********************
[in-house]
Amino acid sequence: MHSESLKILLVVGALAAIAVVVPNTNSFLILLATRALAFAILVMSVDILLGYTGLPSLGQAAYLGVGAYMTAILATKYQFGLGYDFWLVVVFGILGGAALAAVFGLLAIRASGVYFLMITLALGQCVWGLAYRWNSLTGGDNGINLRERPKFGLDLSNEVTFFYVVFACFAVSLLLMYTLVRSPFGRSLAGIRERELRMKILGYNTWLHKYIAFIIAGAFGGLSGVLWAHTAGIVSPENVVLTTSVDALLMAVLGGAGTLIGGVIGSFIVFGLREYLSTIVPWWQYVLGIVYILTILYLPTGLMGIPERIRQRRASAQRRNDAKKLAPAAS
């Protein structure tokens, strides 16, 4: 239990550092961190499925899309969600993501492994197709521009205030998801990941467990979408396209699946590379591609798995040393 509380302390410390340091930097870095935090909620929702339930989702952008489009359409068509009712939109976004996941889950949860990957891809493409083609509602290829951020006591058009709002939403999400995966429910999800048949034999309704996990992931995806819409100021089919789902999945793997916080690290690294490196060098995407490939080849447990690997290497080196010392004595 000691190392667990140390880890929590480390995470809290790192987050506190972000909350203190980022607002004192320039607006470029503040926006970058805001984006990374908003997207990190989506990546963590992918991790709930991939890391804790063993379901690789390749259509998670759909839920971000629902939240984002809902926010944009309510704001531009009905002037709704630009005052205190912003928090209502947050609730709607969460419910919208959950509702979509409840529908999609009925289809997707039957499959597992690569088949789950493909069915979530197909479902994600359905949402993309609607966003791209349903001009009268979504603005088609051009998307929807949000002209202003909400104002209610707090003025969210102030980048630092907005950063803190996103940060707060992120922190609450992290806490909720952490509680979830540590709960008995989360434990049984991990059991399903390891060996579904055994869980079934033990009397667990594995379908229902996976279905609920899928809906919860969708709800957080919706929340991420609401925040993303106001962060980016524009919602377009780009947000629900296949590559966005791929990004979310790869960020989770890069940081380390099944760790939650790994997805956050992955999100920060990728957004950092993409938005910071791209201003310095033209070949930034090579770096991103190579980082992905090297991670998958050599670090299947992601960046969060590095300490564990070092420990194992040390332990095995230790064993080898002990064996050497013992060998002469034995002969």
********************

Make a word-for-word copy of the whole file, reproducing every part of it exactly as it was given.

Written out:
[in-house]
Amino acid sequence: MHSESLKILLVVGALAAIAVVVPNTNSFLILLATRALAFAILVMSVDILLGYTGLPSLGQAAYLGVGAYMTAILATKYQFGLGYDFWLVVVFGILGGAALAAVFGLLAIRASGVYFLMITLALGQCVWGLAYRWNSLTGGDNGINLRERPKFGLDLSNEVTFFYVVFACFAVSLLLMYTLVRSPFGRSLAGIRERELRMKILGYNTWLHKYIAFIIAGAFGGLSGVLWAHTAGIVSPENVVLTTSVDALLMAVLGGAGTLIGGVIGSFIVFGLREYLSTIVPWWQYVLGIVYILTILYLPTGLMGIPERIRQRRASAQRRNDAKKLAPAAS
């Protein structure tokens, strides 16, 4: 239990550092961190499925899309969600993501492994197709521009205030998801990941467990979408396209699946590379591609798995040393 509380302390410390340091930097870095935090909620929702339930989702952008489009359409068509009712939109976004996941889950949860990957891809493409083609509602290829951020006591058009709002939403999400995966429910999800048949034999309704996990992931995806819409100021089919789902999945793997916080690290690294490196060098995407490939080849447990690997290497080196010392004595 000691190392667990140390880890929590480390995470809290790192987050506190972000909350203190980022607002004192320039607006470029503040926006970058805001984006990374908003997207990190989506990546963590992918991790709930991939890391804790063993379901690789390749259509998670759909839920971000629902939240984002809902926010944009309510704001531009009905002037709704630009005052205190912003928090209502947050609730709607969460419910919208959950509702979509409840529908999609009925289809997707039957499959597992690569088949789950493909069915979530197909479902994600359905949402993309609607966003791209349903001009009268979504603005088609051009998307929807949000002209202003909400104002209610707090003025969210102030980048630092907005950063803190996103940060707060992120922190609450992290806490909720952490509680979830540590709960008995989360434990049984991990059991399903390891060996579904055994869980079934033990009397667990594995379908229902996976279905609920899928809906919860969708709800957080919706929340991420609401925040993303106001962060980016524009919602377009780009947000629900296949590559966005791929990004979310790869960020989770890069940081380390099944760790939650790994997805956050992955999100920060990728957004950092993409938005910071791209201003310095033209070949930034090579770096991103190579980082992905090297991670998958050599670090299947992601960046969060590095300490564990070092420990194992040390332990095995230790064993080898002990064996050497013992060998002469034995002969």